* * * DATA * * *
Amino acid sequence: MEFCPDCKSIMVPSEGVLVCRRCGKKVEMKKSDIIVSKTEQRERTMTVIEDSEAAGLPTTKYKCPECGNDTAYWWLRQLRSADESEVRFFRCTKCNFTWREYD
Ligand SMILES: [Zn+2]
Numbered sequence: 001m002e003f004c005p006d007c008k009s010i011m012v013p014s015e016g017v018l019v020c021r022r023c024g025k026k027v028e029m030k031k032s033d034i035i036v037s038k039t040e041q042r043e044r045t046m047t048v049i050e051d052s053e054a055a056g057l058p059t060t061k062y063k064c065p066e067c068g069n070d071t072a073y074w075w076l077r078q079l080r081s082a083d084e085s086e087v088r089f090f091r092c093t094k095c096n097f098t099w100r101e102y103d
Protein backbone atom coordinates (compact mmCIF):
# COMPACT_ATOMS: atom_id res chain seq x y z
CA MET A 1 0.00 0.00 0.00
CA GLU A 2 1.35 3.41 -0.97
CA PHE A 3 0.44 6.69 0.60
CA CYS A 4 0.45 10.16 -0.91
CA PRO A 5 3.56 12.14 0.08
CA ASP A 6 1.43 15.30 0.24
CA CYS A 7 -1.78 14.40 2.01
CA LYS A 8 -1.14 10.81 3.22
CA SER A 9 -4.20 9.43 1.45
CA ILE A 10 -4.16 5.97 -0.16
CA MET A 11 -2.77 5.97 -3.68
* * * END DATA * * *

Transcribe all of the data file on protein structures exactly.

Amino acid sequence: MEFCPDCKSIMVPSEGVLVCRRCGKKVEMKKSDIIVSKTEQRERTMTVIEDSEAAGLPTTKYKCPECGNDTAYWWLRQLRSADESEVRFFRCTKCNFTWREYD
Ligand SMILES: [Zn+2]
Numbered sequence: 001m002e003f004c005p006d007c008k009s010i011m012v013p014s015e016g017v018l019v020c021r022r023c024g025k026k027v028e029m030k031k032s033d034i035i036v037s038k039t040e041q042r043e044r045t046m047t048v049i050e051d052s053e054a055a056g057l058p059t060t061k062y063k064c065p066e067c068g069n070d071t072a073y074w075w076l077r078q079l080r081s082a083d084e085s086e087v088r089f090f091r092c093t094k095c096n097f098t099w100r101e102y103d
Protein backbone atom coordinates (compact mmCIF):
# COMPACT_ATOMS: atom_id res chain seq x y z
CA MET A 1 0.00 0.00 0.00
CA GLU A 2 1.35 3.41 -0.97
CA PHE A 3 0.44 6.69 0.60
CA CYS A 4 0.45 10.16 -0.91
CA PRO A 5 3.56 12.14 0.08
CA ASP A 6 1.43 15.30 0.24
CA CYS A 7 -1.78 14.40 2.01
CA LYS A 8 -1.14 10.81 3.22
CA SER A 9 -4.20 9.43 1.45
CA ILE A 10 -4.16 5.97 -0.16
CA MET A 11 -2.77 5.97 -3.68